Journal of Modern Power Systems and Clean Energy

, Volume 7, Issue 6, pp 1472–1483 | Cite as

Stochastic optimization of cost-risk for integrated energy system considering wind and solar power correlated

  • Jiehui ZHENG
  • Yanni KOU
  • Mengshi LIEmail author
  • Qinghua WU
Open Access


Due to the growing penetration of renewable energies (REs) in integrated energy system (IES), it is imperative to assess and reduce the negative impacts caused by the uncertain REs. In this paper, an unscented transformation-based mean-standard (UT-MS) deviation model is proposed for the stochastic optimization of cost-risk for IES operation considering wind and solar power correlated. The unscented transformation (UT) sampling method is adopted to characterize the uncertainties of wind and solar power considering the correlated relationship between them. Based on the UT, a mean-standard (MS) deviation model is formulated to depict the trade-off between the cost and risk of stochastic optimization for the IES optimal operation problem. Then the UT-MS model is tackled by a multi-objective group search optimizer with adaptive covariance and Lévy flights embedded with a multiple constraints handling technique (MGSO-ACL-CHT) to ensure the feasibility of Perato-optimal solutions. Furthermore, a decision making method, improve entropy weight (IEW), is developed to select a final operation point from the set of Perato-optimal solutions. In order to verify the feasibility and efficiency of the proposed UT-MS model in dealing with the uncertainties of correlative wind and solar power, simulation studies are conducted on a test IES. Simulation results show that the UT-MS model is capable of handling the uncertainties of correlative wind and solar power within much less samples and less computational burden. Moreover, the MGSO-ACL-CHT and IEW are also demonstrated to be effective in solving the multi-objective UT-MS model of the IES optimal operation problem.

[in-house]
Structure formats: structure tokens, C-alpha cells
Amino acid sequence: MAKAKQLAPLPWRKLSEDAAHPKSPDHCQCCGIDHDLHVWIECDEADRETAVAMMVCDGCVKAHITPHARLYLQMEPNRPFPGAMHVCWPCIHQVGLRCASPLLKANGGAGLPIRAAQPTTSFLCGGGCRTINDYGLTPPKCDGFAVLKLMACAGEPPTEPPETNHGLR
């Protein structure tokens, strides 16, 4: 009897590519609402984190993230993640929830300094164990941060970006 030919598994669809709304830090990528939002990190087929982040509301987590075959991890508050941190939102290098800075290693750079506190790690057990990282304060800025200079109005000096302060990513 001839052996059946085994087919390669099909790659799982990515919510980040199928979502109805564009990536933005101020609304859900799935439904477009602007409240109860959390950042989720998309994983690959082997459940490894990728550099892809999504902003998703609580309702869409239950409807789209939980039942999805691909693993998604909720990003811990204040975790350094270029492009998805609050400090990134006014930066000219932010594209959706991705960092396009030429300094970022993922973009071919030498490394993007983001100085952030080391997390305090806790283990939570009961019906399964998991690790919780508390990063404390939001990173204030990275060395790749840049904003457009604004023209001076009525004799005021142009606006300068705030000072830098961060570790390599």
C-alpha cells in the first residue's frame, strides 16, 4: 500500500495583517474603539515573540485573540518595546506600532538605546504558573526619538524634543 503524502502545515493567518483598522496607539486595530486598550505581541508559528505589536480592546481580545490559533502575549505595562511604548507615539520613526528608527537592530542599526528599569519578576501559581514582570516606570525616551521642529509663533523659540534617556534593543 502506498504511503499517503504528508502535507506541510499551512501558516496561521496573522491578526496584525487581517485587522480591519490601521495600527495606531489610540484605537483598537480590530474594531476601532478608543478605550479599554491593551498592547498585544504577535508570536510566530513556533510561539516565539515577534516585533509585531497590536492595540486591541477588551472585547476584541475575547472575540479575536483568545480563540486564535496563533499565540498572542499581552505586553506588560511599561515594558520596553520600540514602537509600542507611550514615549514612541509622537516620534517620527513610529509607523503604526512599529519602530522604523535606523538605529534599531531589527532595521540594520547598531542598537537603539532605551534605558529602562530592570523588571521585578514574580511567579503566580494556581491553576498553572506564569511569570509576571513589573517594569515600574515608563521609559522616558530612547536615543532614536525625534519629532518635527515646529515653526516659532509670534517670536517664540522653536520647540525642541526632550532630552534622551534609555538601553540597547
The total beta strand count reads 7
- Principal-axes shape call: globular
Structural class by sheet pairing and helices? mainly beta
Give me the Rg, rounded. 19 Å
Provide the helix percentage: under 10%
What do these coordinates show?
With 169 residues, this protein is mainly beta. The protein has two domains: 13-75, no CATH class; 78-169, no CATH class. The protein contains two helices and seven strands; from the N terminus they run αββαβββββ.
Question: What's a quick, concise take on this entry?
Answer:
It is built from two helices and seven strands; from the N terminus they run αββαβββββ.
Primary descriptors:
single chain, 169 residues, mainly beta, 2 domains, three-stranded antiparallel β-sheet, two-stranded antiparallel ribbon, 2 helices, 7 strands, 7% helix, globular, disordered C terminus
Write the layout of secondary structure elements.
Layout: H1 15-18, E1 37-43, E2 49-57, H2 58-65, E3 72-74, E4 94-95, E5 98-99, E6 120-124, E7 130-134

Integrated energy system Renewable energies Unscented transformation Mean-standard deviation Multi-objective optimization Decision making 

1 Introduction

In recent years, due to the fast depletion and severe pollution of fossil fuels, there is a massive stimulation to integrate the renewable energies (REs) such as wind and solar into integrated energy system (IES) [1]. However, the growing penetration of wind and solar power imposes challenges to the reliability and efficiency of IES operation since these resources are neither schedulable nor fully predictable [2, 3]. In this regard, it is necessary to consider the uncertainties aroused by REs and to minimize the stochastic impact in the IES optimal operation problem [4].

In the aspect of accommodating the uncertainties of REs in the IES operation, there are two main kinds of stochastic approaches, namely, the fuzzy approach and the probabilistic approach [5]. Among the fuzzy optimization approaches [6, 7, 8], the wind and solar power are depicted in fuzzy set notations using membership functions [9]. Although the fuzzy approach is easy to implement, it might be subjected to the dispatchers’ attitude and trapped in selecting suitable membership functions [10, 11]. In terms of the probabilistic approach, it can be generally divided into scenario-based programming [12, 13, 14, 15, 16], robust optimization [17, 18], chance-constrained optimization [19, 20] and risk-based optimization [21, 22].